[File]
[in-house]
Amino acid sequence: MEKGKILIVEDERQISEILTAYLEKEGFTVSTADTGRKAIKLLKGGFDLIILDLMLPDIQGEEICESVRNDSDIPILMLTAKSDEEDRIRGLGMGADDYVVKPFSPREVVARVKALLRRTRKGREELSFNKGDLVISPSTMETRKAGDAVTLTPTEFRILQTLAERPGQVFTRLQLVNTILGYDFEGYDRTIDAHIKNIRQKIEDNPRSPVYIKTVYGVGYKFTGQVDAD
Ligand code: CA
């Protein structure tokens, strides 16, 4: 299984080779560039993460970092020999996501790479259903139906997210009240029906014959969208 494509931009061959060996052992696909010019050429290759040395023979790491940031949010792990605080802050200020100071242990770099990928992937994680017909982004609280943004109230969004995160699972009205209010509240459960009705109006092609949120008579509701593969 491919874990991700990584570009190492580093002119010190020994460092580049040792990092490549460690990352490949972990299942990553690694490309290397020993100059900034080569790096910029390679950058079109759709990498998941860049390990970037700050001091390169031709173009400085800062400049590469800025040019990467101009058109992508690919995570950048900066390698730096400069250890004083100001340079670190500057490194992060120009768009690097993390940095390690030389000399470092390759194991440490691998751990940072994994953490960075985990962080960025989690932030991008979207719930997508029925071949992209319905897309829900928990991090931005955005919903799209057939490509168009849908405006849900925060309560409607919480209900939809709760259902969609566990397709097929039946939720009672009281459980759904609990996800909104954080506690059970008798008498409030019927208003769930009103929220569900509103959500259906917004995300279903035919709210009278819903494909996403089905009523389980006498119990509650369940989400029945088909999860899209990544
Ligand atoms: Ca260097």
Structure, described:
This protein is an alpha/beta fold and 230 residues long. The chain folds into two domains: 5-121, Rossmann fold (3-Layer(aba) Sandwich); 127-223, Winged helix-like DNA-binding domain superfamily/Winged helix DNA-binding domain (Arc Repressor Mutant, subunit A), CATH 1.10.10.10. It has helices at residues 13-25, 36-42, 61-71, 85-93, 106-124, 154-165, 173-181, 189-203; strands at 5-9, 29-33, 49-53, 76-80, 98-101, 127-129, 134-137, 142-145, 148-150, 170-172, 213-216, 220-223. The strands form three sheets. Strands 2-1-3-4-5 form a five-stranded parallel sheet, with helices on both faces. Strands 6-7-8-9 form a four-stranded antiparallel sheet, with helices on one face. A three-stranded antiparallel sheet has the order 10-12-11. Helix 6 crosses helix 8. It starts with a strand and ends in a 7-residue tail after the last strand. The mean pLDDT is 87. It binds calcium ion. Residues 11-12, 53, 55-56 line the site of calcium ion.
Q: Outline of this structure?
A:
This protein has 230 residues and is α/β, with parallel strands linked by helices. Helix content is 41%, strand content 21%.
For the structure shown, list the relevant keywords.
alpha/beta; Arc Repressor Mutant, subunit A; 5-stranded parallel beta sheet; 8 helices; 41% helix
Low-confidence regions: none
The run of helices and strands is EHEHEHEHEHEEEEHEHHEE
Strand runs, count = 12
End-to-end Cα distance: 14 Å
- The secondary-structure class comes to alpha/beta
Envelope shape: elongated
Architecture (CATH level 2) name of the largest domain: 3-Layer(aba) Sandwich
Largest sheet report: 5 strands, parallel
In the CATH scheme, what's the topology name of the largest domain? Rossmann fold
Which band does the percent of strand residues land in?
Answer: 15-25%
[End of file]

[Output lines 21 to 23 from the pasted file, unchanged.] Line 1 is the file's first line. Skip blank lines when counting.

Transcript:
In the CATH scheme, what's the topology name of the largest domain? Rossmann fold
Which band does the percent of strand residues land in?
Answer: 15-25%